Obtaining talent is definitely not a problem on Santa Barbara’s list. Having the world class University of California, Santa Barbara right up their alley, super talented entrepreneurs and engineers are constantly getting pumped into the system. The issue is keeping them. Since Santa Barbara’s entrepreneurial community has a sense of pride in the way that they do things, some entrepreneurs just might not quite fit in, or would want to go to the perceived entrepreneurial hot spots like Los Angeles. These talents from U.C. Santa Barbara are at times commuting students who return back to their home town after receiving their degree, or they just get bought out by large established companies.
What is it that Santa Barbara and the rest of the Central Coast actually has to offer? This is the question that was begging throughout our conversations. Michael Holliday helped clarify that for us quickly. He discussed the fact that Santa Barbara has “Quality of life, small town community, and access to world-class engineering institutions (UCSB).” With the beautiful weather and the beach a block away, the question really became “Why not?” However, there is an answer for that as well. Mike Panesis pointed out the fact that “If you plan to come to Santa Barbara, you better be ready to succeed, because the cost of living is so high.” It’s a fair warning to start-ups that might wish to enjoy the best that Santa Barbara has to offer. Joey Briglio commented, “That’s where Ventura comes in,” as Ventura has a lower cost of living while enabling you to be connected to the Central Coast’s entrepreneurial community. This is a testament to the benefits of the small town community aspect. We discussed the massive division that exists in Los Angeles among entrepreneurs, and in contrast, Joey spoke about the fact that “Anybody in this room could probably connect you to anybody you’d need in the Central Coast.”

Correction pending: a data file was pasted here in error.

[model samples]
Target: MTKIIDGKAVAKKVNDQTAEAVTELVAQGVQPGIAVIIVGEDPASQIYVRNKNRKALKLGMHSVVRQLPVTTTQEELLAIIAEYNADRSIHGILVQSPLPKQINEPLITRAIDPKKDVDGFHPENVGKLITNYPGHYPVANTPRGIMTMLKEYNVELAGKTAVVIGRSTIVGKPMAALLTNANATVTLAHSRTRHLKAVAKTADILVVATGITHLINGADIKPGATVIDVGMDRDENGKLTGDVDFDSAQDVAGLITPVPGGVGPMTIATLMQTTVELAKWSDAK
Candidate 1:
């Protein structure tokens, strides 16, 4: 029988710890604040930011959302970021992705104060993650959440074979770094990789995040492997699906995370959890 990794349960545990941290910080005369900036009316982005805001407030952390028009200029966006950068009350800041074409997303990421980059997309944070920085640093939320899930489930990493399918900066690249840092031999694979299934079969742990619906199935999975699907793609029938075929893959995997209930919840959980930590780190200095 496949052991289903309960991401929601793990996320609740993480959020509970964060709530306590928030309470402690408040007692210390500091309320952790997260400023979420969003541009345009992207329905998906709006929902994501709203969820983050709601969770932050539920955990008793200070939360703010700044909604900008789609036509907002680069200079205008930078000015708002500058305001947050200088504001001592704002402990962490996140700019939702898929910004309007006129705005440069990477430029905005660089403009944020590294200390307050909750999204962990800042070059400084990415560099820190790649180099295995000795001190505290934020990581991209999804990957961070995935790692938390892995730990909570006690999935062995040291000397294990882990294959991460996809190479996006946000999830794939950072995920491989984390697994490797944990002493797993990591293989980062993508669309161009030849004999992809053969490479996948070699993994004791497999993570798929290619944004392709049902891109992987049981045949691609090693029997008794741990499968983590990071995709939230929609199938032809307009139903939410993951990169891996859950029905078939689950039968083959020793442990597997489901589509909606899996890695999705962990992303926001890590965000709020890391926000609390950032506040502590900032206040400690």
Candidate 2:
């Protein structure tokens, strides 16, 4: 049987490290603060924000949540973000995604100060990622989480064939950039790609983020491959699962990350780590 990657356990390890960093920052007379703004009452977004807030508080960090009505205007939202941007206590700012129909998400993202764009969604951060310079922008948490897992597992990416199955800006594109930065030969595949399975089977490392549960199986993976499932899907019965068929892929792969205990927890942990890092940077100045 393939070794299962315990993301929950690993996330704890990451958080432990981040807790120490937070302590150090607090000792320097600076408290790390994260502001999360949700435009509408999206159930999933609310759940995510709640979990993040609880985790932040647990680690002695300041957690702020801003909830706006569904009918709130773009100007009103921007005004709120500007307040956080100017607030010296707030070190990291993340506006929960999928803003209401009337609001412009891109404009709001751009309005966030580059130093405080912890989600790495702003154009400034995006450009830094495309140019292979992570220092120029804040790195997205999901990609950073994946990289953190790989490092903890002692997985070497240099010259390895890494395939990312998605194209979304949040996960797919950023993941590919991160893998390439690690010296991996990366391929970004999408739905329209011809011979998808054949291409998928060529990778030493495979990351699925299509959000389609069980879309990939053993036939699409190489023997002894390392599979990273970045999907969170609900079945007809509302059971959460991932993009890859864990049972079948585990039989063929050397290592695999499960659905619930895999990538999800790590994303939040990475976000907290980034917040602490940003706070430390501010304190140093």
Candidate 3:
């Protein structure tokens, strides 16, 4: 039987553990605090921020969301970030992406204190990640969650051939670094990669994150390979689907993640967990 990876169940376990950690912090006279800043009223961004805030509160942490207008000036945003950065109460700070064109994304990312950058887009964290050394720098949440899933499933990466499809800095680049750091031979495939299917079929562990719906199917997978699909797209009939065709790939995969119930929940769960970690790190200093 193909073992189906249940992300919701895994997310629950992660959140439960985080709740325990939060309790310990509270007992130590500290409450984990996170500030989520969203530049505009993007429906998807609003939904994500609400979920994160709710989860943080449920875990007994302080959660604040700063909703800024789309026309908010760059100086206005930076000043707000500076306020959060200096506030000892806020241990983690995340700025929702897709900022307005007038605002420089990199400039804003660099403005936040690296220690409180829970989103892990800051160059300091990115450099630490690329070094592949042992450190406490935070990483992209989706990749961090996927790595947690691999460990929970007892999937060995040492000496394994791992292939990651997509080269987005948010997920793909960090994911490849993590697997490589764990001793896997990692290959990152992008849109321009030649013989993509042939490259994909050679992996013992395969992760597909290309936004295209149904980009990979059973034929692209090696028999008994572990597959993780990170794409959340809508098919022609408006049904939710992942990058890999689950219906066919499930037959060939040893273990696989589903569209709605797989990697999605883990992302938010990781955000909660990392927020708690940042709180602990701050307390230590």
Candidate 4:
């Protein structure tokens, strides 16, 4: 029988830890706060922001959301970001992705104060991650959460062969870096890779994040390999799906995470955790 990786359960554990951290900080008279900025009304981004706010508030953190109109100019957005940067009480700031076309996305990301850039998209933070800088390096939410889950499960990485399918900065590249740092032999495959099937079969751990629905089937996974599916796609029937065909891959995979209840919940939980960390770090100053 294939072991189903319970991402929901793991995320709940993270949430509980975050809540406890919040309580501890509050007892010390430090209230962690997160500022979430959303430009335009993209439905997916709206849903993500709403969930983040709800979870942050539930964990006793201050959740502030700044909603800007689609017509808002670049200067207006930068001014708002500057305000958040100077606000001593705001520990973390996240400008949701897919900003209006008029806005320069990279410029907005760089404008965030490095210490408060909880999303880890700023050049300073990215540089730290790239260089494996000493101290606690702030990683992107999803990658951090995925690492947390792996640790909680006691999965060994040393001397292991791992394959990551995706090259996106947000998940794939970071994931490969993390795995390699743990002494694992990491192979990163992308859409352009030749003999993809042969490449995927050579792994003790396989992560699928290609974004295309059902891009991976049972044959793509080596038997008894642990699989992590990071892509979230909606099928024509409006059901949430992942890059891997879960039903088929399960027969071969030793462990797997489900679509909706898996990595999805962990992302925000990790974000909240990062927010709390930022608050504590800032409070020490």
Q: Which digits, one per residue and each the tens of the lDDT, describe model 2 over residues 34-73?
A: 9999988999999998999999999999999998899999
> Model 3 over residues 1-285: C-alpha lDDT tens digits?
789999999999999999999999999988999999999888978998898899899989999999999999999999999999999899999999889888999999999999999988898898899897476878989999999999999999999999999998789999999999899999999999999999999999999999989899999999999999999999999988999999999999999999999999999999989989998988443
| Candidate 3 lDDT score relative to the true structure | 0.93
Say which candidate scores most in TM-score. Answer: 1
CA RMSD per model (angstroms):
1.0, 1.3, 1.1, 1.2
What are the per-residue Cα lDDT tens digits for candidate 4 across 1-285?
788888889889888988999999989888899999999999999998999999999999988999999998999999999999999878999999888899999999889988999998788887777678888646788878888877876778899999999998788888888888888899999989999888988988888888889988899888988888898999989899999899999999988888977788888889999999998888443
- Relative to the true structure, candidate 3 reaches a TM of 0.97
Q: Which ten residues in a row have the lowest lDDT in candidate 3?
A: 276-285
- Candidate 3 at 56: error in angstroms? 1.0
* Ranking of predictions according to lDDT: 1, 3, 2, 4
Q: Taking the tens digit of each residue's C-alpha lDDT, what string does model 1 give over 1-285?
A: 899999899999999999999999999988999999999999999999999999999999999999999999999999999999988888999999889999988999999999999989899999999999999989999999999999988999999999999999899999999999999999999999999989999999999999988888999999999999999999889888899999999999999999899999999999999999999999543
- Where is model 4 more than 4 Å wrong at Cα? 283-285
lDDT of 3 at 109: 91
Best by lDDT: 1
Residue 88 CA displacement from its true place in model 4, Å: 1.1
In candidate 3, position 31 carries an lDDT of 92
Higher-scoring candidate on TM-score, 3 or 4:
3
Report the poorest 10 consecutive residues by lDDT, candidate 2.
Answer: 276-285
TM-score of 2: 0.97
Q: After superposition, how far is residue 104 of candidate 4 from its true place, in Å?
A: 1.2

When fresh entrepreneurial talents move out of town, the entrepreneurial community here doesn’t get upset, but they do wonder: “Why not stay?” One of the factors that influences whether these companies make it in the industry or not, is their environment. Location plays a big role in building a successful company. Why leave and take the risk when you’re doing so well where you are? And now, the Central Coast is collaborating more than ever giving people a higher chance of succeeding. If not Santa Barbara, then San Luis Obispo or Ventura. Going to each other’s events, being a part of these small family like communities where nearly everyone knows everyone really gives you the best of both worlds; a large area with other successful people, and being in a family like community setting.
This is ideal for the hard-working man or woman who likes to properly balance their work and pleasure in life. The Central Coast works hard and plays hard. Synergy, the location at which our meeting took place, was a great example in itself of the Santa Barbara entrepreneurial culture. Synergy is stocked with all kinds of goodies. There are complimentary candies, surf boards, and bikes in the office. This is very clever and convenient, considering the beach is only ten minutes away. With taking the leap and the stress that comes with it, it is very likely that the very same leap will take you further if you have less stress to deal with. Santa Barbara and the entire Central Coast is looking like a great location to go if your goal is to succeed. It’s not that Santa Barbara, the best-kept entrepreneurial secret, wants to stay a secret. It’s just that Santa Barbara wants to stay Santa Barbara.
By Alejandro Grover and Debby Hay
Photo by Don Haynes Photography